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“Sink or swim,” my mother’s brother says as he drops me from the side of a boat in the Great South Bay. Bobbing up, head above water, I can see the shore, see where my father sits in a folding chair, Times spread across his lap, head tipped back, eyes closed. Water fills my nose and lungs, and I am scooped out by a strong-armed uncle. Funny, they said, it worked so well with all the other kids.

Every summer my mother’s family piles into this house bought by a grandfather, great uncles, and an aunt. My mother’s family: police detectives, payroll clerks, and Brooklyn Navy Yard workers. Irish. This is a place where men come to catch blues, weekend fishermen after a perfect run. Where women wash clothes in ice-cold water, then hang them on long lines cast toward the Bay. Line-dried clothes, stiff and hard, that stink of bay water and don’t bend easily against skin.

Richard & Bob FinalRichard Kramer: I’d like to start by saying we’ve known each other for years and had a thousand conversations like this. I love that we can still have these conversations, but something has changed for you.

Bob Smith: I have ALS. The strangest thing about my life-threatening illness is that two of my favorite writers: Henry Thoreau and Anton Chekhov, also had life threatening illnesses. They both had tuberculosis. I’m not comparing my writing to these literary giants, but I’ve always admired them. Thoreau was ardently against slavery and Chekhov traveled to Sakhalin to write against Russia’s prison system. (Children of prisoners accompanied their fathers to prison.) Both of these writers knew the Angel of Death was stalking them, but they kept writing and fought for other suffering people.

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I saw my father twice.

1. In Virginia, just before he closed his apartment door after saying he couldn’t let anyone in until his wife returned from the grocery store.

2. In court, just before the judge ejected my brother and me from the courtroom because we were laughing too hard while the bailiff cuffed him.

About the first time.

When my trio of a family drove from our home in San Antonio, Texas to visit my birthplace, Alexandria, Virginia, a few miles from D.C. Five-year-olds, my brother and I begged our mother to see him. She knew. Of course she knew. That he lived with a woman who wasn’t the mother of his children. Not us or the two before us. The youngest of twins, I stood back with my mother while my brother knocked. Door latched, my father peered through a sliver of an opening. In a quivering voice he claimed he couldn’t let anyone in until his wife returned from the grocery store. Then he closed the door.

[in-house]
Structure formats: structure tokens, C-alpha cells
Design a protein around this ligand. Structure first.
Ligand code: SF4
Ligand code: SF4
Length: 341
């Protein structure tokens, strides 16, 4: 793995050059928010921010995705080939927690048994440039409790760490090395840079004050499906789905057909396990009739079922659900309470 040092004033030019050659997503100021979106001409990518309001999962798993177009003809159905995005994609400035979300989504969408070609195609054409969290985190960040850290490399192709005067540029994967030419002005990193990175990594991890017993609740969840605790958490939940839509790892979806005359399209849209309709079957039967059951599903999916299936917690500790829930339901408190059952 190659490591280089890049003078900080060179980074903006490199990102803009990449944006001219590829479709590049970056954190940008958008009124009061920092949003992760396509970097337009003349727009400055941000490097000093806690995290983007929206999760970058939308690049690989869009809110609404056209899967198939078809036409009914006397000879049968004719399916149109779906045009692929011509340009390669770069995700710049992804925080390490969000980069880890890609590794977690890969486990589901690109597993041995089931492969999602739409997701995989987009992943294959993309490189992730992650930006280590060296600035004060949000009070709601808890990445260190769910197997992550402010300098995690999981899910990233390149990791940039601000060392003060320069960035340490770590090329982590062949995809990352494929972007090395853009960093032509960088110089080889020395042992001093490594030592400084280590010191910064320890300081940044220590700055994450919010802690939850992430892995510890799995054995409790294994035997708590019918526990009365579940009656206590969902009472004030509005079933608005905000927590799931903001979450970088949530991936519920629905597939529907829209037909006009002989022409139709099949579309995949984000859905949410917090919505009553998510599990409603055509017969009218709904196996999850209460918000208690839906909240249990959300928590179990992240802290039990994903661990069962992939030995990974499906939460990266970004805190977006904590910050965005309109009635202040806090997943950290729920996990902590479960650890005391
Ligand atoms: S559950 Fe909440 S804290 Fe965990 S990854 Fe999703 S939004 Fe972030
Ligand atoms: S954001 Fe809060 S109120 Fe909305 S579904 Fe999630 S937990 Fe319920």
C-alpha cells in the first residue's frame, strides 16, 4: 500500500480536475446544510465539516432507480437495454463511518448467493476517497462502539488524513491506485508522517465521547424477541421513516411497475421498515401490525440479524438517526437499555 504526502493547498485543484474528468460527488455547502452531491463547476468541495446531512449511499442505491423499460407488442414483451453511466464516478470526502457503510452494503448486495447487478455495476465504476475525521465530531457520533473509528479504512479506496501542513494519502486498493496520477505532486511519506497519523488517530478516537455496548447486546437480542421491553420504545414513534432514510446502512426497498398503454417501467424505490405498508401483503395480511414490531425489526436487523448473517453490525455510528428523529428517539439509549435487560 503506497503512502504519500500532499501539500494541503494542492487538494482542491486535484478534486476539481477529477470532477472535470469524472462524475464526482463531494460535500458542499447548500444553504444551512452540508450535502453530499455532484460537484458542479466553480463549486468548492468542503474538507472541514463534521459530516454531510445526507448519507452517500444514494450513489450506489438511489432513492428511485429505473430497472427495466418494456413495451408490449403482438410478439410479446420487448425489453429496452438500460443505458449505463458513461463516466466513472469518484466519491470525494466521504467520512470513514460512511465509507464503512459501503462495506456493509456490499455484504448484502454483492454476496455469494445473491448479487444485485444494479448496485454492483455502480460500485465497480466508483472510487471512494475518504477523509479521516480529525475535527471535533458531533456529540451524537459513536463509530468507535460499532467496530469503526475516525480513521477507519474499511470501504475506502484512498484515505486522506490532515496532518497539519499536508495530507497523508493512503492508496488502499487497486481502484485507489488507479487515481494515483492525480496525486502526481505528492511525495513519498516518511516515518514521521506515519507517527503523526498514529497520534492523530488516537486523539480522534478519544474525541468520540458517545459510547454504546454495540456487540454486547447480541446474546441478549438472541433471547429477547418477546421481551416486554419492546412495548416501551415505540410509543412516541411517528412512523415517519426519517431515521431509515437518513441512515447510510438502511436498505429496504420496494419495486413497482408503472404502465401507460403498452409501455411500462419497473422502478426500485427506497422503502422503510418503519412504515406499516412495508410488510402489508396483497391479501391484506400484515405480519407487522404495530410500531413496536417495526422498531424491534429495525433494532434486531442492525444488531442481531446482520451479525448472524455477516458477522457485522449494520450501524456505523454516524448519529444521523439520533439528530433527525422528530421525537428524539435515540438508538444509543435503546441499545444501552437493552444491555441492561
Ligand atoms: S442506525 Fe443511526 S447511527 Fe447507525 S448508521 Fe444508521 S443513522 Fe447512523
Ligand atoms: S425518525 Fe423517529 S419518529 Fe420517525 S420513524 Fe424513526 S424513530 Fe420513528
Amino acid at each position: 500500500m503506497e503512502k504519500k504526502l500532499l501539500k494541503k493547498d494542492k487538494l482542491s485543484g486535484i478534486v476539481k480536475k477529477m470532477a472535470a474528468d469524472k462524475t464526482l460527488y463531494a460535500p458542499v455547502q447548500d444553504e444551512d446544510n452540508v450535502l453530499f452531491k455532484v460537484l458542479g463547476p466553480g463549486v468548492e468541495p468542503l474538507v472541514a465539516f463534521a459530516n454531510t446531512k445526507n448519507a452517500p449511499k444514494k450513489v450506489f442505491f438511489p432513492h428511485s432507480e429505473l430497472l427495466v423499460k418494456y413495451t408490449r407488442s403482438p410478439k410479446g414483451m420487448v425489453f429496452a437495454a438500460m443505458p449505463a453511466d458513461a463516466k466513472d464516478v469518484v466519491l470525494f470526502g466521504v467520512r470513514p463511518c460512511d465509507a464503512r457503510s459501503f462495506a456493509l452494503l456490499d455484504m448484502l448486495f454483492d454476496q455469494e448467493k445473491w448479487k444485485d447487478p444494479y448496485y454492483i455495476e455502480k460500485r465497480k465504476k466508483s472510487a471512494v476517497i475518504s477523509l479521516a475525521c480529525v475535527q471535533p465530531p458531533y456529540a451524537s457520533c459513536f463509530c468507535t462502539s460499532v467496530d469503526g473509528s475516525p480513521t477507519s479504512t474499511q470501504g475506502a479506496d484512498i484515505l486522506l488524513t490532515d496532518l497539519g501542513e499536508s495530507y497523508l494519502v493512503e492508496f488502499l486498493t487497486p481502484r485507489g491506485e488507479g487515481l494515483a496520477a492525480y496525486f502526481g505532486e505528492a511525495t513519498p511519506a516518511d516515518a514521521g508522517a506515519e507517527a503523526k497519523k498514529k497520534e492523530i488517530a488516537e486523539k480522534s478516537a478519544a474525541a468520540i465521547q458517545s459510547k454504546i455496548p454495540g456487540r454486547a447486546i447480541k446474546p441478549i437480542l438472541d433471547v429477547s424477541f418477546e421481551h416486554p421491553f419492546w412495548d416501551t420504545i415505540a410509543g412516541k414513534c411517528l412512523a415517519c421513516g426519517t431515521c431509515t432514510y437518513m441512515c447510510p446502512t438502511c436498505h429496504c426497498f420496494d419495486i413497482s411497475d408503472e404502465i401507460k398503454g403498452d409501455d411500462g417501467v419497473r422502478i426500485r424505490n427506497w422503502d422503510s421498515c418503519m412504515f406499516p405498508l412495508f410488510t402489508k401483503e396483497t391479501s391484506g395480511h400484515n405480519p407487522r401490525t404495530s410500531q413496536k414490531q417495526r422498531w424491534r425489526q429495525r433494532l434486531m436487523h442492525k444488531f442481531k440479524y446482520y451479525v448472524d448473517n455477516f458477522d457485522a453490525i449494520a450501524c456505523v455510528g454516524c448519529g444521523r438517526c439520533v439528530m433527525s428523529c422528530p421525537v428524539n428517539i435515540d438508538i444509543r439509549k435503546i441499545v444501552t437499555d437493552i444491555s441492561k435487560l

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Your book is about the many birds who live with you—they seem to be in every corner of your house. How does that affect your writing?

Well, it is sometimes strange to have animals talking to me when I’m working. But they can be helpful. For example, our African gray parrot, Mia Bird, often sits in my office and commands me to “Focus! Focus!” as I write. That usually does the trick if I start drifting off. One time, a rainbow lorikeet named Harli was quarantined for a few weeks in my office—we separate and observe new birds before introducing them to the flock. As I worked, Harli would settle on my head and groom me, kindly plucking a hair or two along the way. By the time her quarantine period was over, I had a small, perfectly shaped oval of bare scalp on the top of my head. Still, I did get a lot of writing done during those few weeks.

Raffin_BirdsofPandemonium_HC_jkt_LRI rise every morning just after 4:00 a.m. — gladly on most days — and pad as silently as possible across the terra-cotta- tiled floors of our home. If I make the smallest sound as I pass by the dining room, they might hear. I don’t want to set off our resident clown posse — not yet.

“Hello? Want out! I love you!”

Darn. Shana is awake. I ignore her squawky blandishments, and she tries harder.

“Pretty mama, pretty mama. I love you!”

I smile to myself and wait her out. Finally, silence returns. As I finish a mug of tea and an hour of administrative work in my office, dawn flares over the foothills of the Santa Cruz range to our west. Every morning at first light, I step outside into the bewitching bird music that heralds another day at Pandemonium Aviaries, the home and bird sanctuary that I share with my family, two donkeys, a pair of goats, a collie, a sheepdog, one understandably aloof elder cat, and some of the world’s most remarkable birds.

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So, you wrote about the dead guy again.

You mean my best friend who died five years ago in a mountain climbing accident nearly ten years to the day after he’d been mauled by a grizzly in Yellowstone Park? Yes, I did write about him again. The book is called Altitude Sickness.

 

Why?

Well, we were best friends for over two decades and, like I say in the book, we got together and broke up more times than the earth has rotated the sun, so I’d say his sudden death at the age of forty-two was fairly earth-shattering. We loved each other deeply and his death nearly destroyed me. And I’ve been a writer most of my professional life, so it’s kind of hard to bypass all this.